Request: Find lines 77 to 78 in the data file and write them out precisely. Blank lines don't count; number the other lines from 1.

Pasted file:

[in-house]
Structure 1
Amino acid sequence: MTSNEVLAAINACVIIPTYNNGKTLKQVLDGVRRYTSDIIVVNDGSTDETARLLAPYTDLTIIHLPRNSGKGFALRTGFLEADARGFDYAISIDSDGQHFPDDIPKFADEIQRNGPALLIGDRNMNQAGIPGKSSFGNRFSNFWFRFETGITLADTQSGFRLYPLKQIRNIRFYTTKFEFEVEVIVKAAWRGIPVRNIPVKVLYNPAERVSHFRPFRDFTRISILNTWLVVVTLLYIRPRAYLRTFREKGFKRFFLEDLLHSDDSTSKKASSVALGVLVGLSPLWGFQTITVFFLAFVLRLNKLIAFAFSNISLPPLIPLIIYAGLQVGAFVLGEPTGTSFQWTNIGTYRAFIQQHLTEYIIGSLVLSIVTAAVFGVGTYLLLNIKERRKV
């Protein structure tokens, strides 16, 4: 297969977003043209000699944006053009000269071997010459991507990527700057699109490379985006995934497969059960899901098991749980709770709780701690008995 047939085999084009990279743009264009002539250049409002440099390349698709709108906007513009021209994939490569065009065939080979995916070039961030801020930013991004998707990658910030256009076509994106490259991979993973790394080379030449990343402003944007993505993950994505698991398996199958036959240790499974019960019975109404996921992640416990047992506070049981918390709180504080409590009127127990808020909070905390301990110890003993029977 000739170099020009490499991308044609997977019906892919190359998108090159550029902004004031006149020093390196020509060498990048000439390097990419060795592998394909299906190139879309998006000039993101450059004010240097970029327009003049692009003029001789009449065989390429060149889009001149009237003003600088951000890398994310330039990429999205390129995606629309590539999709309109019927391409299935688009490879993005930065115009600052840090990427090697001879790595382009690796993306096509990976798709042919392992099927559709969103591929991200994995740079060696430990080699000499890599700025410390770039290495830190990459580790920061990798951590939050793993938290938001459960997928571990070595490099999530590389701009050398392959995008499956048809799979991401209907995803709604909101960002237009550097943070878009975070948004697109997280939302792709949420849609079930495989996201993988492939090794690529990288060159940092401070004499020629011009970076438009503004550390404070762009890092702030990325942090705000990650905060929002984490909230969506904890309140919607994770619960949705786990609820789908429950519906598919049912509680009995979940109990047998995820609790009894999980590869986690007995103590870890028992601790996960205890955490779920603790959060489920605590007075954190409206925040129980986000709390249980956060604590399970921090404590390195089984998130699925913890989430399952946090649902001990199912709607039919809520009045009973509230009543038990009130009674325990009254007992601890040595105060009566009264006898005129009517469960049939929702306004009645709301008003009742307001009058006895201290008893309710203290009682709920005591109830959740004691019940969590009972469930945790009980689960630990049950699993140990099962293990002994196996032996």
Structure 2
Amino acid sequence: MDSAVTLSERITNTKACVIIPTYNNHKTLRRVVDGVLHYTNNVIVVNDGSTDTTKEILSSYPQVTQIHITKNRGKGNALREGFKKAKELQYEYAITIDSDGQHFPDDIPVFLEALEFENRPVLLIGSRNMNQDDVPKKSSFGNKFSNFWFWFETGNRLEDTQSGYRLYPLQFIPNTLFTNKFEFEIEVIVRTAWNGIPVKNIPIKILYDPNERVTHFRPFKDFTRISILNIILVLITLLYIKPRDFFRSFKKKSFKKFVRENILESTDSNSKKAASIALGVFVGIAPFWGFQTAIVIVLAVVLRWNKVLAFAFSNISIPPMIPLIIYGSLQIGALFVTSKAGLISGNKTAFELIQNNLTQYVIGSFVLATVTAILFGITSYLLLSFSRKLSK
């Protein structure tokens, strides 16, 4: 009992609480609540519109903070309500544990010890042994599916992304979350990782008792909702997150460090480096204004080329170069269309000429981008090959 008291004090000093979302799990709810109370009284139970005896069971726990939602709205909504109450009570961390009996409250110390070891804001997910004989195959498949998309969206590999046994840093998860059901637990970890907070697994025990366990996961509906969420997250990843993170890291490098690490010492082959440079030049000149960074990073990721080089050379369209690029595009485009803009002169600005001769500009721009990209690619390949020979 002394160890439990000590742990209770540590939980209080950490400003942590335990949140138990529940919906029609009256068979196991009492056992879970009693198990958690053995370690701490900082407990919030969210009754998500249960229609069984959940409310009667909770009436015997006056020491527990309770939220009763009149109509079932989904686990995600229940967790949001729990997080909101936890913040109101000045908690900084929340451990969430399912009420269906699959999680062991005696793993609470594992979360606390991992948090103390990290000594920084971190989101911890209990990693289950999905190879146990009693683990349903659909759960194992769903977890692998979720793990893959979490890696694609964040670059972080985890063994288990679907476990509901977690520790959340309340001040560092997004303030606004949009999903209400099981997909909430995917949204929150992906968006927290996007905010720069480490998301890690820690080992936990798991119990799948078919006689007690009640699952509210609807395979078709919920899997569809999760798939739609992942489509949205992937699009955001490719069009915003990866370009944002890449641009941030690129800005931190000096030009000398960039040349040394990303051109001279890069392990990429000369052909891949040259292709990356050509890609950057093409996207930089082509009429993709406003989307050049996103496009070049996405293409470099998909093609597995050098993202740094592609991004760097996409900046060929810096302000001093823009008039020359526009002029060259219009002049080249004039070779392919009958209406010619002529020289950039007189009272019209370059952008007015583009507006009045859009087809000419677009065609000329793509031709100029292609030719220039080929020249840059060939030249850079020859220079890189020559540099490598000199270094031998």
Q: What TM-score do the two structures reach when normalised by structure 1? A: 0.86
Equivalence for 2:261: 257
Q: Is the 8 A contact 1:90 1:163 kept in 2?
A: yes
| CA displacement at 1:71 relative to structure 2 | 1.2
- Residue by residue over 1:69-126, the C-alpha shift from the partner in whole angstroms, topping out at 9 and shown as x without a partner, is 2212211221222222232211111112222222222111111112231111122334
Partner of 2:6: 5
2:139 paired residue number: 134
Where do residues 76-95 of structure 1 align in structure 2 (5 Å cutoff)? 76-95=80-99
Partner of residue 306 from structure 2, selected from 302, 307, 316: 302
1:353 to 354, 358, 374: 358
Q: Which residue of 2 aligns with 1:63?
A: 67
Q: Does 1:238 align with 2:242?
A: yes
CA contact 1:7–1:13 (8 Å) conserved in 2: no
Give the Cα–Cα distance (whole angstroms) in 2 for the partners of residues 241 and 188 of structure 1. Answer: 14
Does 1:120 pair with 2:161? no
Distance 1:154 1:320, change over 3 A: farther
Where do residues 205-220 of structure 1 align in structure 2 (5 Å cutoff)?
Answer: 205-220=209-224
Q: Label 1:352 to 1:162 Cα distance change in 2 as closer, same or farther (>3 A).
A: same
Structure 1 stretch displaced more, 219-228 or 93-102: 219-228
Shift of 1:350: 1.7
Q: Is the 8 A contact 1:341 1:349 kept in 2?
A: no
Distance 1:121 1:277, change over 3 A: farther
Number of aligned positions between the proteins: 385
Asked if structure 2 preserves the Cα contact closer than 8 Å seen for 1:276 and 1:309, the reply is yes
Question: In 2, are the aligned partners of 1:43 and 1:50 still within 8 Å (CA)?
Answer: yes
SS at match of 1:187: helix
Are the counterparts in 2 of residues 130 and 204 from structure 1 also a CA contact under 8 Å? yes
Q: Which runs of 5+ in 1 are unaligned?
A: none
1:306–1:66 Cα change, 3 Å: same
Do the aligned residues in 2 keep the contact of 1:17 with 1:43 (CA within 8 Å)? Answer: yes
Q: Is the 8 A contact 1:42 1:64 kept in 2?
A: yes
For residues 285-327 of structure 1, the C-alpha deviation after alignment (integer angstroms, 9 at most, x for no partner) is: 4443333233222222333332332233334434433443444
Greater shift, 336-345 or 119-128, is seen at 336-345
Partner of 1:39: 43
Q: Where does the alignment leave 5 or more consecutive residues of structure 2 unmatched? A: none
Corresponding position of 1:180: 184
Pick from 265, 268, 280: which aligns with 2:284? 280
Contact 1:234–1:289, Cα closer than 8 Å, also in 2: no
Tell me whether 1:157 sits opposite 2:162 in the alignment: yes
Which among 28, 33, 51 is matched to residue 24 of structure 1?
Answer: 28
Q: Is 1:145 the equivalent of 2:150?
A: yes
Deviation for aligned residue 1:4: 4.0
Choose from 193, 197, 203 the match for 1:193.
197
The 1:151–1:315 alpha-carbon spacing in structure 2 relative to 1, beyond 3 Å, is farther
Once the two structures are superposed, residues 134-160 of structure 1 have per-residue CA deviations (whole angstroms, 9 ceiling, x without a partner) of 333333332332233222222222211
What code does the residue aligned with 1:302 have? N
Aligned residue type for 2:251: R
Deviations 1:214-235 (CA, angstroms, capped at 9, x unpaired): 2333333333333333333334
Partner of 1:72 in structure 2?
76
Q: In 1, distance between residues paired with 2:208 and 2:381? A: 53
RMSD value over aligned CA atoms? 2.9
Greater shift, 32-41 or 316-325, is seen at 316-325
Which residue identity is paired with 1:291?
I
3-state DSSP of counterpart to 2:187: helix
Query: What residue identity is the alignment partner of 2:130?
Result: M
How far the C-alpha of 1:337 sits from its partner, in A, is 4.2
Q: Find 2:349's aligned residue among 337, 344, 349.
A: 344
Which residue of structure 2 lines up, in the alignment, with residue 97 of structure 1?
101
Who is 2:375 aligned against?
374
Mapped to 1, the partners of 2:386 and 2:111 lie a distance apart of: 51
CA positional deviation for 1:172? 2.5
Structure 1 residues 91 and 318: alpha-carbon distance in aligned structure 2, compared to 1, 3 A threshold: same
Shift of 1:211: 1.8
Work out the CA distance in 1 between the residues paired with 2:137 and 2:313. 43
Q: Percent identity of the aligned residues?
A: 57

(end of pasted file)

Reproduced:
Result: M
How far the C-alpha of 1:337 sits from its partner, in A, is 4.2